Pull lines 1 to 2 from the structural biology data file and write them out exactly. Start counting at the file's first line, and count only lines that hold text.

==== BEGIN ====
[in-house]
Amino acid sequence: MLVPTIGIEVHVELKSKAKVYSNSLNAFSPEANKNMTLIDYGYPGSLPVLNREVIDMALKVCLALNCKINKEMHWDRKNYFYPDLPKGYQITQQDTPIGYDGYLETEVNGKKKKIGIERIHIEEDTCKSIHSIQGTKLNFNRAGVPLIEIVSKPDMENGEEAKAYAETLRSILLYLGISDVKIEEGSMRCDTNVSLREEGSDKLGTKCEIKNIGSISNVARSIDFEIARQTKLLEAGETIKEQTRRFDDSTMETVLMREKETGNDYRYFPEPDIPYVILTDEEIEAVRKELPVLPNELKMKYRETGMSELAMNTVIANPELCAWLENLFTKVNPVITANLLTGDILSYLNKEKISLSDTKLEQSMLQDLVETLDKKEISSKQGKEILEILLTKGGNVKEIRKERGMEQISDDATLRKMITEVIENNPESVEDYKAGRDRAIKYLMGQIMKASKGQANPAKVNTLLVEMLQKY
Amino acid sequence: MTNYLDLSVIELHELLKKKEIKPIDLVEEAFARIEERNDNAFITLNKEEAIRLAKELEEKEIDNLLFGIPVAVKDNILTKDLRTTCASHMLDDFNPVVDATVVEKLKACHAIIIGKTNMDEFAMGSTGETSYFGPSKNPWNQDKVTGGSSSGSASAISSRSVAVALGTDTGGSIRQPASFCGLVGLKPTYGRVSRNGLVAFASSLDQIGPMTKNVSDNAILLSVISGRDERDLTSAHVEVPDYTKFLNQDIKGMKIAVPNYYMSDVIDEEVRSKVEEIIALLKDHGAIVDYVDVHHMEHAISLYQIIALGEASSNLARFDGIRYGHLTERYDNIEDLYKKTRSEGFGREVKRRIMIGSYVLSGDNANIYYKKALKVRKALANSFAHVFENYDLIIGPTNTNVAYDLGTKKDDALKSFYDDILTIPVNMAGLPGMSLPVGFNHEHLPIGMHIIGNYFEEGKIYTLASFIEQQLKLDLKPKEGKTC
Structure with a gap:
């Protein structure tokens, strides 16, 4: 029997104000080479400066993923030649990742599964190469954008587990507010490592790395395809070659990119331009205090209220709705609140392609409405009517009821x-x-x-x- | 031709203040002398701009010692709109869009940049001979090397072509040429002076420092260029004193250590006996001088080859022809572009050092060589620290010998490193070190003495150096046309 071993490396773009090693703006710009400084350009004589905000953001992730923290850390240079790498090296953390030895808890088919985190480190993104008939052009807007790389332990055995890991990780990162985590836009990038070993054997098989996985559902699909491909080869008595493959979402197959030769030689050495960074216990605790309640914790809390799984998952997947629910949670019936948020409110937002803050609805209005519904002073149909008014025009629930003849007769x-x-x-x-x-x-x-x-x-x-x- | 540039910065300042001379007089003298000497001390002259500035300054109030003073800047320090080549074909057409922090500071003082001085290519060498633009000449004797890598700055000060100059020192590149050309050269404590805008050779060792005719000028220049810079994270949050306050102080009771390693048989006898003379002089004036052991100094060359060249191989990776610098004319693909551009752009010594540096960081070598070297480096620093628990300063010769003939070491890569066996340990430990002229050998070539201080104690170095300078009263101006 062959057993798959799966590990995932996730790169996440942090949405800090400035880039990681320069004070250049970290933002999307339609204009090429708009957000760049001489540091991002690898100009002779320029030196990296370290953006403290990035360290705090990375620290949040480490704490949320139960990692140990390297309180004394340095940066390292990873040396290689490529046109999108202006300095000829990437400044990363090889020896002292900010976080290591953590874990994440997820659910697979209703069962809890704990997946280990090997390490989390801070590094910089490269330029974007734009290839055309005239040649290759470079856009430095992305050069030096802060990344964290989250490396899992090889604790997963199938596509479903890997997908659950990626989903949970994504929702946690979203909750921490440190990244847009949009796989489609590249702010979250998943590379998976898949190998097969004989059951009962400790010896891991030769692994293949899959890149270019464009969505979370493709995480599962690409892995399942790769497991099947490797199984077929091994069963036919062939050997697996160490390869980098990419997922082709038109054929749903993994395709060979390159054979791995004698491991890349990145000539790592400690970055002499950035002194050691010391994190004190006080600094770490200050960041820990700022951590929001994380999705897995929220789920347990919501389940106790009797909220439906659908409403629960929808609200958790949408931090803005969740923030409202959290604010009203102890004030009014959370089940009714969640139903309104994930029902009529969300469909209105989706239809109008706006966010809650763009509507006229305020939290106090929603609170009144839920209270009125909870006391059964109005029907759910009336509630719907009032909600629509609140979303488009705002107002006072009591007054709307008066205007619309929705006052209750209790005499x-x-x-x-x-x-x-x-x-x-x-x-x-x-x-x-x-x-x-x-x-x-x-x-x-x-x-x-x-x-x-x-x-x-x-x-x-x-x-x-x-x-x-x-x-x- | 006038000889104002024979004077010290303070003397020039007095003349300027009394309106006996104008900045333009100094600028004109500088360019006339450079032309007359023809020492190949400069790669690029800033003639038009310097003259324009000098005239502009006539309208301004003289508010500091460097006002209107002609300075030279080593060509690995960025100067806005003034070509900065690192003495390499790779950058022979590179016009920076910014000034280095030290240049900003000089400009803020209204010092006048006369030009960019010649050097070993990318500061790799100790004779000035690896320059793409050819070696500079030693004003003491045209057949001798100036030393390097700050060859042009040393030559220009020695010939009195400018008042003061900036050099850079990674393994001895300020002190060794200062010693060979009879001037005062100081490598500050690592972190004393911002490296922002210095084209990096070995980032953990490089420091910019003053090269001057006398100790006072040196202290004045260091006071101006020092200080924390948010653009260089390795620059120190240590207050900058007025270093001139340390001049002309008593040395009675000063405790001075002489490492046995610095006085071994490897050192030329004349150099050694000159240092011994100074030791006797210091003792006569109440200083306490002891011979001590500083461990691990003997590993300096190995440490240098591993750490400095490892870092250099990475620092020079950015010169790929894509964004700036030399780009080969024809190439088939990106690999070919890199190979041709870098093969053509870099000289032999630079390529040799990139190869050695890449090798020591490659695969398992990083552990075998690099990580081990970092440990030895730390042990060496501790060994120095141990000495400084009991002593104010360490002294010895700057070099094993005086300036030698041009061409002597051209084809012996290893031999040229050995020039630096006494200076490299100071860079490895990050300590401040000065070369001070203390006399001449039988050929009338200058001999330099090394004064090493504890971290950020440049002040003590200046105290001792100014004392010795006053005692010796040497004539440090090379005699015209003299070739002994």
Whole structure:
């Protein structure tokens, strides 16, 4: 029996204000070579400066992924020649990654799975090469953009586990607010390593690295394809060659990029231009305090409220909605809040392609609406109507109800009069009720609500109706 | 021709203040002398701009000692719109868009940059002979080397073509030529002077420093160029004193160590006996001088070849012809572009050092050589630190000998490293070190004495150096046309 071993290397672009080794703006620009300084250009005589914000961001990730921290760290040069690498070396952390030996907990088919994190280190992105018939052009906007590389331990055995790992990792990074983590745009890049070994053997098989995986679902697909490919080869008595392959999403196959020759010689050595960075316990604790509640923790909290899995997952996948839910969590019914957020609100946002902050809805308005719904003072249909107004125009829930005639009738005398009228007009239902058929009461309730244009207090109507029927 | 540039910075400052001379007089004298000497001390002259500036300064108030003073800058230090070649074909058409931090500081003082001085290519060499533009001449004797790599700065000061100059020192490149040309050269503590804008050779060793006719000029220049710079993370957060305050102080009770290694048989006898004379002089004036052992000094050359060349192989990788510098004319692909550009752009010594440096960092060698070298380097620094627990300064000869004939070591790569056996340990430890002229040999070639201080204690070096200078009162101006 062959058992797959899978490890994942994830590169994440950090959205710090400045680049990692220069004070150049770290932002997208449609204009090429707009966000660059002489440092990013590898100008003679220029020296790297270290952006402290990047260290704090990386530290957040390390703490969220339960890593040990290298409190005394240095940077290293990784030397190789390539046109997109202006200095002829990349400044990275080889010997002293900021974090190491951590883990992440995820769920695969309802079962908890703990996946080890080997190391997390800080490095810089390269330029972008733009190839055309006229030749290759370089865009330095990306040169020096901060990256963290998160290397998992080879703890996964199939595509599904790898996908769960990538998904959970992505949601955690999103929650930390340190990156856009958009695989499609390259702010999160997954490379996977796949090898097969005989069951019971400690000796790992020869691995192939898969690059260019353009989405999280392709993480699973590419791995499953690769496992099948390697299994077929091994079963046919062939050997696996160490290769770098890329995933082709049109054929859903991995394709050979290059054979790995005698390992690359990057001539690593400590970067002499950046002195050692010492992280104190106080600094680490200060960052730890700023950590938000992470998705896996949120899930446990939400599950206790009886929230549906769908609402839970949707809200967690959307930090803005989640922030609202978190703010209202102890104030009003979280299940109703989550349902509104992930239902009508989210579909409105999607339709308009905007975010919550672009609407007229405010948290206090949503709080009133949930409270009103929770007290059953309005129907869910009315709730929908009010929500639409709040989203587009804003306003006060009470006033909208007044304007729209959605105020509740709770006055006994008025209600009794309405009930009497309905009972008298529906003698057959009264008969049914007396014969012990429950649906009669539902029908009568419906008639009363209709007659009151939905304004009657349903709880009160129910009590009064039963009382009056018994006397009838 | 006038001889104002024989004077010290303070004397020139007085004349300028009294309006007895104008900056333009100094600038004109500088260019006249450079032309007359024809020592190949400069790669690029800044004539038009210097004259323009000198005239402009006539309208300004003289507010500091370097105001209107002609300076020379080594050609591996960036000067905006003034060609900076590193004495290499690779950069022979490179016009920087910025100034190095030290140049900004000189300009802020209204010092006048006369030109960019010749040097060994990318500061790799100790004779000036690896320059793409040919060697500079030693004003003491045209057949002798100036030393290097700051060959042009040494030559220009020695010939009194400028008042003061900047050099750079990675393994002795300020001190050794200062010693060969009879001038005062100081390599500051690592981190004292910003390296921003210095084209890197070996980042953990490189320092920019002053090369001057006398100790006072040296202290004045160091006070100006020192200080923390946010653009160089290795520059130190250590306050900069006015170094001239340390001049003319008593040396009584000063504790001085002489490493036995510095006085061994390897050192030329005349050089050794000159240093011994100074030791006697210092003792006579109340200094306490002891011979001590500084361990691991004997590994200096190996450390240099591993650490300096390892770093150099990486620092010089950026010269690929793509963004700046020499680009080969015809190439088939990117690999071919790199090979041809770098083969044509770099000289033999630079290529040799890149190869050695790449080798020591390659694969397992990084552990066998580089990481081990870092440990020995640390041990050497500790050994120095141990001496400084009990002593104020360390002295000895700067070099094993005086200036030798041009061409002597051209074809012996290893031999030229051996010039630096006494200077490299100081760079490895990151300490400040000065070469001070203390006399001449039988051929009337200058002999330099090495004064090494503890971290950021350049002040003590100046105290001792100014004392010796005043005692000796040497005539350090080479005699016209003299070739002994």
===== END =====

[in-house]
Amino acid sequence: MLVPTIGIEVHVELKSKAKVYSNSLNAFSPEANKNMTLIDYGYPGSLPVLNREVIDMALKVCLALNCKINKEMHWDRKNYFYPDLPKGYQITQQDTPIGYDGYLETEVNGKKKKIGIERIHIEEDTCKSIHSIQGTKLNFNRAGVPLIEIVSKPDMENGEEAKAYAETLRSILLYLGISDVKIEEGSMRCDTNVSLREEGSDKLGTKCEIKNIGSISNVARSIDFEIARQTKLLEAGETIKEQTRRFDDSTMETVLMREKETGNDYRYFPEPDIPYVILTDEEIEAVRKELPVLPNELKMKYRETGMSELAMNTVIANPELCAWLENLFTKVNPVITANLLTGDILSYLNKEKISLSDTKLEQSMLQDLVETLDKKEISSKQGKEILEILLTKGGNVKEIRKERGMEQISDDATLRKMITEVIENNPESVEDYKAGRDRAIKYLMGQIMKASKGQANPAKVNTLLVEMLQKY